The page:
Why We Should/ Should We Remember?

Najmun Nahar Keya, Memoirs, Digital print with gold leaf, graphite, rabbit skin, glue and acrylic on paper, Dimensions variable, 2017.
Najmun Nahar Keya, Memoirs, Digital print with gold leaf, graphite, rabbit skin, glue and acrylic on paper, Dimensions variable, 2017.

Two works come to mind when one visits the exhibition ‘Small Histories: Memory as Practice, Memory as Ethics’, at the Ganges Art Gallery, Kolkata, curated by Amritah Sen and Kurchi Dasgupta, from 23rd June to 2nd July, 2018. The first is a book titled The Ethics of Memory by Avishai Margalit and the second, an essay, Entering the Flow: Museum between Archive and Gesamtkunstwerk” by Boris Groys. The exhibition is eponymously based on the subject of history, and subsequently attempts to explore the idea of ‘memory’ and the ethics of it.

When we talk about memories, we inevitably think of our relationships with others in the past. Through our shared memories we build close knitted relations with our relatives, neighbours, friends and families. Margalit’s book, which discusses the various nuances of relations, elucidates as to how ‘the past’ plays a key role in making possible various kinds of relationships. He considers the list above as ‘thick’ relations which are ‘truly ethical’. On the flipside, we also foster ‘thin’ relations with strangers, people with whom we share nothing except a common humanity. To sum it up, the ethics of memory is the very act of remembering (the victims). For instance, when a social evil threatens to obliterate our shared humanity, memory is the tool with which we ought to fight. We must remember them through history books, stories, photographs and letters. Margalit’s morally powerful work, drawing on the resources of Western philosophy and religion, offers a penetrating observation of the human situation of our times when the proliferating atrocities leave us paralysed. In such a time of crisis, memory acts as a force which becomes less reconciling and more revengeful.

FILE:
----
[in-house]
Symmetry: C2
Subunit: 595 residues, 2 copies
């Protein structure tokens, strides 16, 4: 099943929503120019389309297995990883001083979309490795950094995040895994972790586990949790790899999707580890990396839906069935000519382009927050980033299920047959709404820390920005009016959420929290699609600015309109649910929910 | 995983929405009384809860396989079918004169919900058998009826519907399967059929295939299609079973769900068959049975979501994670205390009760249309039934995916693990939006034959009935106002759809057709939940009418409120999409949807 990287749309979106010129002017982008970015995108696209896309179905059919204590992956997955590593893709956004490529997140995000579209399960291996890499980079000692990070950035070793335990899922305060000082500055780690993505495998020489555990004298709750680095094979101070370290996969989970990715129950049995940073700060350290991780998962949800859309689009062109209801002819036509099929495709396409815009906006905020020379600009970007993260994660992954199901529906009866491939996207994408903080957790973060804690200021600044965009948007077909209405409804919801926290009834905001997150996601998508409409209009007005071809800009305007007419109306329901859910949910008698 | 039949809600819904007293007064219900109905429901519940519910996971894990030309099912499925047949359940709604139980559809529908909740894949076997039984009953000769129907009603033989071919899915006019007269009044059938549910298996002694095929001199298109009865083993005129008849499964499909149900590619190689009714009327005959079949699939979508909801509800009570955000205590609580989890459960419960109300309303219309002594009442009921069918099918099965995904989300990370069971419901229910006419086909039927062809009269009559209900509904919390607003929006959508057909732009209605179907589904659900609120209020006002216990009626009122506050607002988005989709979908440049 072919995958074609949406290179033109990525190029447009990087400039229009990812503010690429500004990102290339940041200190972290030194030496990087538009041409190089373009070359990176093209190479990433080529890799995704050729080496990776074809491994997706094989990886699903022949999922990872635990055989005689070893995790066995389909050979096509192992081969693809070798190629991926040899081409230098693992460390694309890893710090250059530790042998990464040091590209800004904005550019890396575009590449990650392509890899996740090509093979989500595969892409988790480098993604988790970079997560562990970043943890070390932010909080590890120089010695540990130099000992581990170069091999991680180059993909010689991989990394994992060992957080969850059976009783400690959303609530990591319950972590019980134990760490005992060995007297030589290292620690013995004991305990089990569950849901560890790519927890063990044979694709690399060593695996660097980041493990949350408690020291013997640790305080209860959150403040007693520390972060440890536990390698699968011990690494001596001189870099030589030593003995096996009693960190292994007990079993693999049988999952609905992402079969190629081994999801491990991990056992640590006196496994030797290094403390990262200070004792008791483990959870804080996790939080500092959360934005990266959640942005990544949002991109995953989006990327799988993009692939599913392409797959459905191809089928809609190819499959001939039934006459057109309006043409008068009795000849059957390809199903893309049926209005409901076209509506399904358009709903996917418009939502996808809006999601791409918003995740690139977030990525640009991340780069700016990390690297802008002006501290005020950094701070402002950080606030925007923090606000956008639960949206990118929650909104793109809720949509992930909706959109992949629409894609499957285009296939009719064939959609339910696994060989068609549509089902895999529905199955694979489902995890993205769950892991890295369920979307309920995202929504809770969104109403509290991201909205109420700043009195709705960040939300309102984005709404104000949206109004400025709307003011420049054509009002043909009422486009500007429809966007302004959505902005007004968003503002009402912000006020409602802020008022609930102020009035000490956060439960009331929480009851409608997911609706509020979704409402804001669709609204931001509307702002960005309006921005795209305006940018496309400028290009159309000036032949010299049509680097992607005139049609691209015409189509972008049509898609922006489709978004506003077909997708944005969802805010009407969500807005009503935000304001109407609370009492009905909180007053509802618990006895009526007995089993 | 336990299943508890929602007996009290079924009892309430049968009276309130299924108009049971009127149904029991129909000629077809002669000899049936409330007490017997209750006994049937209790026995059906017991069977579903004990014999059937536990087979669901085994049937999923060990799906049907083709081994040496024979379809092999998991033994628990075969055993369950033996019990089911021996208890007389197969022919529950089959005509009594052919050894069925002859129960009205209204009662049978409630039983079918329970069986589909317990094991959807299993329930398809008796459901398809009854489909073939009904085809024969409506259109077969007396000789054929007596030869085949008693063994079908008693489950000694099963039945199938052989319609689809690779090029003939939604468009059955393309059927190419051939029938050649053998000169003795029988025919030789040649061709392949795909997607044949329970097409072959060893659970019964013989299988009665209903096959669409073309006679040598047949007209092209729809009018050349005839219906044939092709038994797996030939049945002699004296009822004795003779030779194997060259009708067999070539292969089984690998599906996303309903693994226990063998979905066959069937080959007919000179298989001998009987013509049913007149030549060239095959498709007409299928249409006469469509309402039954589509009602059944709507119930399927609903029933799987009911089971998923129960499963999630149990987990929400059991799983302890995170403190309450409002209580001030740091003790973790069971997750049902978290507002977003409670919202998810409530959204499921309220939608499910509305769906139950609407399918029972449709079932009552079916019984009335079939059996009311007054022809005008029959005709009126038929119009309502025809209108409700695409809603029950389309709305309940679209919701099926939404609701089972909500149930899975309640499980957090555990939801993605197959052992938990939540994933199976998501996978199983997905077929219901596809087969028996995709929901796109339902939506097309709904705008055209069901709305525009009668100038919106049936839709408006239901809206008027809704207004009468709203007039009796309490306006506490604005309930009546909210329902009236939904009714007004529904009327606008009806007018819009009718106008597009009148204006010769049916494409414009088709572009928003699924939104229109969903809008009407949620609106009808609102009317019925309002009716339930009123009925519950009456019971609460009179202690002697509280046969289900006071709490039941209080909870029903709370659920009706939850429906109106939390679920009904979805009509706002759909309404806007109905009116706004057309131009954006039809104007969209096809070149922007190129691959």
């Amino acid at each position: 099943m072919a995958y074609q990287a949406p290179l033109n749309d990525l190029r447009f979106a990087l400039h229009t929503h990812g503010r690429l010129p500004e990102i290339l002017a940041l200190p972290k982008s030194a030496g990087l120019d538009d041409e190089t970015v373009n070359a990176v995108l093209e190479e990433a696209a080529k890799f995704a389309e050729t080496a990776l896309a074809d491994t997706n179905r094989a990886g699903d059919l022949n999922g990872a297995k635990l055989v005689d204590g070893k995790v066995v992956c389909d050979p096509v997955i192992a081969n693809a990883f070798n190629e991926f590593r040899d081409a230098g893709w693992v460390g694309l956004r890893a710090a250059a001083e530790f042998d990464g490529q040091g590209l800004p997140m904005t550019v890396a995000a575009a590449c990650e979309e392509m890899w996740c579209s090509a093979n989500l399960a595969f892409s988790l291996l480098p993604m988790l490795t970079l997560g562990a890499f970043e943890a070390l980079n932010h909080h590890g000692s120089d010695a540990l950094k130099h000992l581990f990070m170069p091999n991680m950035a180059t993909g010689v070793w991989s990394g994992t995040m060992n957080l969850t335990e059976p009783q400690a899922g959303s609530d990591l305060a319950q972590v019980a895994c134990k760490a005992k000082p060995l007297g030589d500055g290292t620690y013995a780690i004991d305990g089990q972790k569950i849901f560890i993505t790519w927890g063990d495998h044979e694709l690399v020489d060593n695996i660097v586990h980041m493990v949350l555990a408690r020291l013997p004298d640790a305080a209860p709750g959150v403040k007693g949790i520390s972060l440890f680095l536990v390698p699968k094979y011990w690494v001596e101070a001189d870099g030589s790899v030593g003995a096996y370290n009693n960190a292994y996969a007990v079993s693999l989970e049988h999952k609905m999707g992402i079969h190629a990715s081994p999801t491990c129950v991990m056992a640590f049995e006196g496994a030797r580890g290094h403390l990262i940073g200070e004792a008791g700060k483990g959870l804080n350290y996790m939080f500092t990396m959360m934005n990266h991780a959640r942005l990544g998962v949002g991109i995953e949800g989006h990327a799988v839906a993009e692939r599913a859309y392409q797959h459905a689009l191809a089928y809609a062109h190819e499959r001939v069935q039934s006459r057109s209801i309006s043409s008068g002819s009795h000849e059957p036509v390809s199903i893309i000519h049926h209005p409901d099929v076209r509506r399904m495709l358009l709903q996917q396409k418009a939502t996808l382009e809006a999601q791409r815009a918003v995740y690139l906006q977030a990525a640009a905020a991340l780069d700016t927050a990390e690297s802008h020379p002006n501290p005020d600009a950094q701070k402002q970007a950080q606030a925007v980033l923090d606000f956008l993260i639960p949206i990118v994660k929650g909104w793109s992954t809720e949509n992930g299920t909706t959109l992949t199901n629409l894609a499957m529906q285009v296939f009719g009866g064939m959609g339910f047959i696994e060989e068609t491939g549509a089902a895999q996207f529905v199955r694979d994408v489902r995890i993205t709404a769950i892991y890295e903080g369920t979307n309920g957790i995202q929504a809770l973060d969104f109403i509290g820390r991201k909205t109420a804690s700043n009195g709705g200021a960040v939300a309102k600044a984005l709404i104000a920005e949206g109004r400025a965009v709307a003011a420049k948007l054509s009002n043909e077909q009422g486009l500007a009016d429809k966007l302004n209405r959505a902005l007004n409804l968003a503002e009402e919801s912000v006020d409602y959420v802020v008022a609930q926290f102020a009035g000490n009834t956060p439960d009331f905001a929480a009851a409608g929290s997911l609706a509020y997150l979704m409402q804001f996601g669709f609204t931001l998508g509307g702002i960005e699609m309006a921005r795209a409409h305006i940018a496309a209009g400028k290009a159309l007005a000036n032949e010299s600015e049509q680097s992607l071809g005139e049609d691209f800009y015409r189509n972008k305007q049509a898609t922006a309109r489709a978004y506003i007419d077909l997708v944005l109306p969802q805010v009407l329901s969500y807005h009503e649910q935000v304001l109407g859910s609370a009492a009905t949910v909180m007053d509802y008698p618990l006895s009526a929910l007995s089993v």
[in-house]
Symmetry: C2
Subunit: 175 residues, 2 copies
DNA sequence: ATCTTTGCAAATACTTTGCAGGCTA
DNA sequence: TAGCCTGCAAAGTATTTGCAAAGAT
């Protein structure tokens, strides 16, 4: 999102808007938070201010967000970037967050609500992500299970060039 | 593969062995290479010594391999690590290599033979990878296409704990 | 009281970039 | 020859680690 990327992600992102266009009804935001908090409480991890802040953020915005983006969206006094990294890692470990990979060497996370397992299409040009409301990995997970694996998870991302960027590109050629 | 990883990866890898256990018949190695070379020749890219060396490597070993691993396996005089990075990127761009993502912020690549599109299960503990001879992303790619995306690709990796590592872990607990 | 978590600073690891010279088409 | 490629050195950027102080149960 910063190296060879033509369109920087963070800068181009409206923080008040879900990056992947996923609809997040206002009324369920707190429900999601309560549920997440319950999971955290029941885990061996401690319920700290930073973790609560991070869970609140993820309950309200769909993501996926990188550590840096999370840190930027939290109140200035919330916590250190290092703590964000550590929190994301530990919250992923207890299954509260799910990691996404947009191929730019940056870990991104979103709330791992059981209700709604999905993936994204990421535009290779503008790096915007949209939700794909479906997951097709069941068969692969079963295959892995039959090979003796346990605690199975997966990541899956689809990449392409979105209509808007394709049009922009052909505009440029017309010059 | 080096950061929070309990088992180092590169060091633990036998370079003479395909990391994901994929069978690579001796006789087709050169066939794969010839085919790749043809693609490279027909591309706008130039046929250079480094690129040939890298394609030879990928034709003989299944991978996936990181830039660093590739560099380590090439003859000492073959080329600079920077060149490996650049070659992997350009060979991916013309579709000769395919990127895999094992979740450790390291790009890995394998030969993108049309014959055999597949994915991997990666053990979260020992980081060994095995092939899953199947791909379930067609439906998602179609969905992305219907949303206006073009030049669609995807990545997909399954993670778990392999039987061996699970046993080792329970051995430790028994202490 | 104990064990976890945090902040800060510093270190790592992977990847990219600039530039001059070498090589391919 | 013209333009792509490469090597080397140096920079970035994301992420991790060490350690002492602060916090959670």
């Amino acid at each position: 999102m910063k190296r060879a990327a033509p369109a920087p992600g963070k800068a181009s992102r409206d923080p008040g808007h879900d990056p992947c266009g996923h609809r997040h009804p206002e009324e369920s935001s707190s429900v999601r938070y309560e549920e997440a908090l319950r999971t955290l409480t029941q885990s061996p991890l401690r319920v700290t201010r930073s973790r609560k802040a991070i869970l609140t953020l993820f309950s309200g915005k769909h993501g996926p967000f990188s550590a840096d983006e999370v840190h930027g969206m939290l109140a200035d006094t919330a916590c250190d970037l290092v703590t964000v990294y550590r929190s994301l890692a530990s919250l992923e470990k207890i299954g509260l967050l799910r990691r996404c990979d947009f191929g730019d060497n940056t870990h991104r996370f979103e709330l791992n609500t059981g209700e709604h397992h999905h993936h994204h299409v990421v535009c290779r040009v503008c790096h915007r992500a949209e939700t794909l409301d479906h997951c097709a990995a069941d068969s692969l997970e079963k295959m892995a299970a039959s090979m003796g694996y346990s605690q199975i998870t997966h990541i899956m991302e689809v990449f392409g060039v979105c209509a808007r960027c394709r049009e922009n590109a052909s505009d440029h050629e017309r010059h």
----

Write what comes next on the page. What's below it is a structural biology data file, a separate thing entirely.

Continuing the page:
‘Small Histories’ wants to explore many things including regional histories, ethics of personal memory and various positionalities and promises to “… take a committed look as artists into the past and the present from an unforeseen future scenario” but ends up at an indefinite point with a frail presentation. One of the many things it misses is the ‘healing idea’ which Margalit’s book emphatically suggests will engage us collectively – i.e., those who care about the very nature of our bonding with others.

Shamsia Hassani, Dream, Acrylic on photograph, 2016.
Shamsia Hassani, Dream, Acrylic on photograph, 2016.